21 Sep 98, Monday, 3:29PM


We are now teaching modes or conditions in which a defensive firearm can be, depending upon its role and the degree of readiness required. Students find it easy to associate a mode with a particular set of circumstances. Modes can then be changed as circumstances change. The governing principle is: SAFETY AND READINESS ARE MUTUALLY ANTAGONISTIC. You can’t have it both ways. Wisdom is found in the selection of the best compromise.

STORAGE MODE Storage mode is appropriate for weapons being prepared for non-accessible storage, such as in a gun safe or any other storage situation where rapid access and/or employment is not a requirement. In storage mode, the gun is unloaded, and the magazine is removed or voided if it cannot be removed. All springs should be at rest, so the hammer is down (dropped) on an empty chamber.

TRANSPORT MODE Transport mode is intended for weapons which are kept close at hand but not carried on the person, such as would be the case of a shotgun carried in a car. Since it is not being carried on the person, the weapon is not under the shooter’s direct control, but it is still intended to be readily accessible and available for defensive purposes on short notice. In transport mode, the chamber is empty, and the hammer is down as is the case with storage mode, but the magazine is locked in and fully charged. The manual safety (if the weapon has one)is in the Aoff position. The gun is thus inert, but it can be quickly rendered ready to fire by simply reciprocating the bolt/slide. With the shotgun, this is also called the Aloader’s safe condition.

CARRY MODE Carry mode is appropriate only if the weapon is being continuously carried on the person and is thus under the person’s constant, direct control. In the carry mode, it is intended that the weapon be immediately ready for use. A holstered pistol or a slung rifle or shotgun should be in carry mode. Some weapons, like most pistols and military rifles were designed for carrying, and the correct carry condition for these weapons is fully loaded, with the manual safety (if the weapon has one) in the Aon position.

ENGAGEMENT MODE Engagement mode is the condition the weapon is in when it is mounted and about to be fired or has fired and is about to be fired again. With most military rifles, the only difference between carry mode and engagement mode is that the manual safety is pushed off as one goes from the former to the latter.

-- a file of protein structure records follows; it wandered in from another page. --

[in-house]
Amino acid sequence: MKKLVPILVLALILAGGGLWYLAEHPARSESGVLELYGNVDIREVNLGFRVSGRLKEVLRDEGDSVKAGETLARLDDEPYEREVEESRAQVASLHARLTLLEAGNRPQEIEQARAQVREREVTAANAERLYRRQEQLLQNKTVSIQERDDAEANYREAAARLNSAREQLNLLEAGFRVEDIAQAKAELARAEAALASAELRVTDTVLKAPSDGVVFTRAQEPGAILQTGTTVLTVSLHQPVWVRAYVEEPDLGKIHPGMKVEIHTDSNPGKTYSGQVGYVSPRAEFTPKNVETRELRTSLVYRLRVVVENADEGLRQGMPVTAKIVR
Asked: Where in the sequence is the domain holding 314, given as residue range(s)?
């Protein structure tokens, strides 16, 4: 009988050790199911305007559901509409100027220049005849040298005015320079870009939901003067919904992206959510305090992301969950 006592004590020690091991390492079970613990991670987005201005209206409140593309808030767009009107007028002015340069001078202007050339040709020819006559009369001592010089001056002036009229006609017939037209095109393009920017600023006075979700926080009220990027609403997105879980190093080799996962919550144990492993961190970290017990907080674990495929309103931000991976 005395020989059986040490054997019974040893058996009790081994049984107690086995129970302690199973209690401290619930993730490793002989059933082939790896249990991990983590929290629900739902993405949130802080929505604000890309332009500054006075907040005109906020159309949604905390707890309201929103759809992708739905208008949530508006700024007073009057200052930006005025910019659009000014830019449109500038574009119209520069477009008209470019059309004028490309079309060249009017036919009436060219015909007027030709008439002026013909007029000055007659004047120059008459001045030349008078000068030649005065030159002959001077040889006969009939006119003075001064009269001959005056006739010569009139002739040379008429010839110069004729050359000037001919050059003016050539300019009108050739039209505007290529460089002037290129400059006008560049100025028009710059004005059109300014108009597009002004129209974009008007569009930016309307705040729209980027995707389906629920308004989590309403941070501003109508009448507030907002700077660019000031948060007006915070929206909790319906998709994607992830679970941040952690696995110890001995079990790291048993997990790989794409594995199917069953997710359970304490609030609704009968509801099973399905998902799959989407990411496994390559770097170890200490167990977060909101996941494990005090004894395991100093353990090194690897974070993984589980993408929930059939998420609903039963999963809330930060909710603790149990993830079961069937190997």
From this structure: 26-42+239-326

With most shotguns, carry mode and transport mode are the same, because these weapons are not drop-safe and therefore not properly carried with a round chambered. That is why we say shotguns should be carried in Aloader’s safe. Loader’s safe is both the carry and the transport mode with most shotguns. The same is true with submachine guns which fire from an open bolt.

With revolvers and self-decocking, autoloading pistols, carry mode and engagement mode are also the same, since nothing need be done to the pistol (except pressing the trigger) in order to get it to fire when there is a round chambered.

At the end of a day of training, be it with handguns, rifles, shotguns, or several weapons, I ask all students what condition or mode they want their weapons in as they are preparing to leave the range. The important point here is that it is solely the student’s decision, within certain parameters.

When weapons are put away, longarms are always first. Handguns are always the last to be put away (for those who do not carry regularly). Handguns may be carried off the range on the person (in holsters). All longarm must leave the range in cases.

With rifles, I first have all students on the line, facing downrange, with their rifle cases on the ground in front of them. I then have them unsling and then unload. As with all weapons, the unloading process is not complete until the weapon has been inspected, then dry-fired in a safe direction. Once all rifles are unloaded, I announce that rifles may be returned to the case either as they are (storage mode), or in the transport mode. That is, students may put them in the case as they are, or they may insert a magazine and then put them away. Neither the carry mode (round chambered, manual safety on) nor the engagement mode (round chambered, manual safety off) is an option at this point.

The procedure with shotguns is similar, but not identical. Since carry mode and transport mode are the same with most shotguns, I allow students to either case the weapon as it is carried (loader’s safe), or they may void the magazine tube first (storage mode) and then case the weapon. Once again, the weapon may be cased either in the transport more or in the storage mode at the discretion of the student. The engagement mode is, of course, not an option.

When leaving the range with a pistol, I offer students two options: The pistol may be in the carry mode and in a holster, or it may be secured in a case in either the storage, transport, or carry mode. There are two other alternatives where are not allowed: Students may not carry the pistol off the range in a holster in either transport or storage mode, and they may not carry the pistol off the range in their hand, in any mode.

Once again, the purpose for the entire foregoing is to help students to organize their thinking, so that poor judgement and blunders, born of confusion, can be reduced.